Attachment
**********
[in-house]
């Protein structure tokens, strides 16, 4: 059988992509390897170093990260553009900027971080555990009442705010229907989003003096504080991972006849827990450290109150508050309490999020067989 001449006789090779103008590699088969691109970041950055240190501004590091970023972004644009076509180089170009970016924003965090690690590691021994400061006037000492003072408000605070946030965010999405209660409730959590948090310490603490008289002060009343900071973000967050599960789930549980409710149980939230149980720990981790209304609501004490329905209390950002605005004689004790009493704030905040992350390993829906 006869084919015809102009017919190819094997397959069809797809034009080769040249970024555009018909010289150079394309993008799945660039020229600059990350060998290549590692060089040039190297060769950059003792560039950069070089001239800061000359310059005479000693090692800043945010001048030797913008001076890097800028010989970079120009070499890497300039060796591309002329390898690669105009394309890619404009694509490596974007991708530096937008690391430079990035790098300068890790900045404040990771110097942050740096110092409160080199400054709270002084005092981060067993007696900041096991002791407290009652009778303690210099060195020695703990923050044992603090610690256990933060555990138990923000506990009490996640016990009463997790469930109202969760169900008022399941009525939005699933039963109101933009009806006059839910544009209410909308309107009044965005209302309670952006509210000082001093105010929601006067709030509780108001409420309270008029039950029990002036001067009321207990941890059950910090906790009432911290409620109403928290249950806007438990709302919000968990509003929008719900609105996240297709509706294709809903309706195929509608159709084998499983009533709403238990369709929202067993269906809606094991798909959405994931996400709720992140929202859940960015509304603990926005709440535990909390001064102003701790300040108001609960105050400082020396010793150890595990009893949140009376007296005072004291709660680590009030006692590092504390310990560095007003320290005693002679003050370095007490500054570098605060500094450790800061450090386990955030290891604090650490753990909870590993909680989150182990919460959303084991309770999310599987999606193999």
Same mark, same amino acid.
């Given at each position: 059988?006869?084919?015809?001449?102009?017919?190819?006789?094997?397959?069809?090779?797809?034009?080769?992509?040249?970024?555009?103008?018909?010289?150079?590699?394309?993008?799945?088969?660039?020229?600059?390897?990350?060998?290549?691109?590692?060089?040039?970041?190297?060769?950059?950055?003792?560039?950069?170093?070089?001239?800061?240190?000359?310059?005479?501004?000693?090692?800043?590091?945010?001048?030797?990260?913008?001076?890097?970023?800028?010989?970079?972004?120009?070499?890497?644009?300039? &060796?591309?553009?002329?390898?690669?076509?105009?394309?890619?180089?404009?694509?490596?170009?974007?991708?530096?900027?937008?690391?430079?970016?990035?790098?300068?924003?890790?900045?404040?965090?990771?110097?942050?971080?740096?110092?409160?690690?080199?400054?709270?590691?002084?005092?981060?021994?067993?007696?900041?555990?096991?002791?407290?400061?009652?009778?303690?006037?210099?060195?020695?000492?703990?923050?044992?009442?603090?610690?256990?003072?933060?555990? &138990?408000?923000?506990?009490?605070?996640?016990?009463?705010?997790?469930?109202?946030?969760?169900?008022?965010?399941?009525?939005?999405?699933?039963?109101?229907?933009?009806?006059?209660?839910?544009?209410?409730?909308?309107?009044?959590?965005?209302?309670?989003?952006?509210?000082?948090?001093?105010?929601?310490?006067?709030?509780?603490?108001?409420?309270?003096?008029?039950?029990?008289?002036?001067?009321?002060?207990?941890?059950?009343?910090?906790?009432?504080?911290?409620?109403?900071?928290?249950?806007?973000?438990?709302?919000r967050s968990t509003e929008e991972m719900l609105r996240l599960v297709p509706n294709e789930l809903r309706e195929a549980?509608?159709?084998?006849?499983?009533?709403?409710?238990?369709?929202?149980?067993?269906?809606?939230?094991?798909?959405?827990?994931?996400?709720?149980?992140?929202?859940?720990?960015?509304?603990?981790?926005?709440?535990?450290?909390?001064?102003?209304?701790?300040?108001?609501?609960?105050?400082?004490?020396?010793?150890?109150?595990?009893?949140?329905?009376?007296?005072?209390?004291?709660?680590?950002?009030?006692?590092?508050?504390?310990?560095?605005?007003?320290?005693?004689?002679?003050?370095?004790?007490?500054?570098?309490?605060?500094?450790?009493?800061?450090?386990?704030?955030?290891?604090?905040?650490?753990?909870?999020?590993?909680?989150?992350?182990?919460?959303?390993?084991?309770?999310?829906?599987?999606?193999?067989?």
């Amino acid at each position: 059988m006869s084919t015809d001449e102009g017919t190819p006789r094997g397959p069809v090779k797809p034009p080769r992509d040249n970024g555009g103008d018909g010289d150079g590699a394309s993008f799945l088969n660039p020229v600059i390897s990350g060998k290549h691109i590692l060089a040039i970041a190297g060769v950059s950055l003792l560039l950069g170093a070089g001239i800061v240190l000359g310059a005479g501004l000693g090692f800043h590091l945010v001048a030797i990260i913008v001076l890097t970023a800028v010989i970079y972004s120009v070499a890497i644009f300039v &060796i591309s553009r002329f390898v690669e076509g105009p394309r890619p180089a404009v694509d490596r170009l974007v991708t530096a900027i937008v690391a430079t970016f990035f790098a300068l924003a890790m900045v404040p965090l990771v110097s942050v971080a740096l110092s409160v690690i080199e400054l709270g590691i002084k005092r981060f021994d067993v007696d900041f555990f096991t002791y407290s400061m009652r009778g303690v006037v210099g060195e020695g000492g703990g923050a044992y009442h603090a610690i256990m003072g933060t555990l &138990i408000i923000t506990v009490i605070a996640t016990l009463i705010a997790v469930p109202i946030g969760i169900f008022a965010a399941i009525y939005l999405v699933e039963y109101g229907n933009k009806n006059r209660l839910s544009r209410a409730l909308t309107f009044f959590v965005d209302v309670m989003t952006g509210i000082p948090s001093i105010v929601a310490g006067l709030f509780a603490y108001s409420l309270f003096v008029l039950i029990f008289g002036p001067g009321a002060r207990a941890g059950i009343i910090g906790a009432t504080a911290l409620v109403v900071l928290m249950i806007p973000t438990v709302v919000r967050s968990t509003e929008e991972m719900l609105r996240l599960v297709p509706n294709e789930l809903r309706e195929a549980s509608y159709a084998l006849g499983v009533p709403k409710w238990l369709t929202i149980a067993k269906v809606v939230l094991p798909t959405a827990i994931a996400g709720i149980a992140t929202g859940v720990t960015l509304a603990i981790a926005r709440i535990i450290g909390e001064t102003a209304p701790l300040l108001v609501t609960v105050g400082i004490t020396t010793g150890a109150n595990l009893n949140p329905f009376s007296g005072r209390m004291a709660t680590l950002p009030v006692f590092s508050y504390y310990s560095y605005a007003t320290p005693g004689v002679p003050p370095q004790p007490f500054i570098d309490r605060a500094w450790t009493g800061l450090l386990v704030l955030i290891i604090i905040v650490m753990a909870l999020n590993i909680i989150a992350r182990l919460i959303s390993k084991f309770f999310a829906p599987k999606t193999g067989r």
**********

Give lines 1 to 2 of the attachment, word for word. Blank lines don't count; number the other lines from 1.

[in-house]
């Protein structure tokens, strides 16, 4: 059988992509390897170093990260553009900027971080555990009442705010229907989003003096504080991972006849827990450290109150508050309490999020067989 001449006789090779103008590699088969691109970041950055240190501004590091970023972004644009076509180089170009970016924003965090690690590691021994400061006037000492003072408000605070946030965010999405209660409730959590948090310490603490008289002060009343900071973000967050599960789930549980409710149980939230149980720990981790209304609501004490329905209390950002605005004689004790009493704030905040992350390993829906 006869084919015809102009017919190819094997397959069809797809034009080769040249970024555009018909010289150079394309993008799945660039020229600059990350060998290549590692060089040039190297060769950059003792560039950069070089001239800061000359310059005479000693090692800043945010001048030797913008001076890097800028010989970079120009070499890497300039060796591309002329390898690669105009394309890619404009694509490596974007991708530096937008690391430079990035790098300068890790900045404040990771110097942050740096110092409160080199400054709270002084005092981060067993007696900041096991002791407290009652009778303690210099060195020695703990923050044992603090610690256990933060555990138990923000506990009490996640016990009463997790469930109202969760169900008022399941009525939005699933039963109101933009009806006059839910544009209410909308309107009044965005209302309670952006509210000082001093105010929601006067709030509780108001409420309270008029039950029990002036001067009321207990941890059950910090906790009432911290409620109403928290249950806007438990709302919000968990509003929008719900609105996240297709509706294709809903309706195929509608159709084998499983009533709403238990369709929202067993269906809606094991798909959405994931996400709720992140929202859940960015509304603990926005709440535990909390001064102003701790300040108001609960105050400082020396010793150890595990009893949140009376007296005072004291709660680590009030006692590092504390310990560095007003320290005693002679003050370095007490500054570098605060500094450790800061450090386990955030290891604090650490753990909870590993909680989150182990919460959303084991309770999310599987999606193999």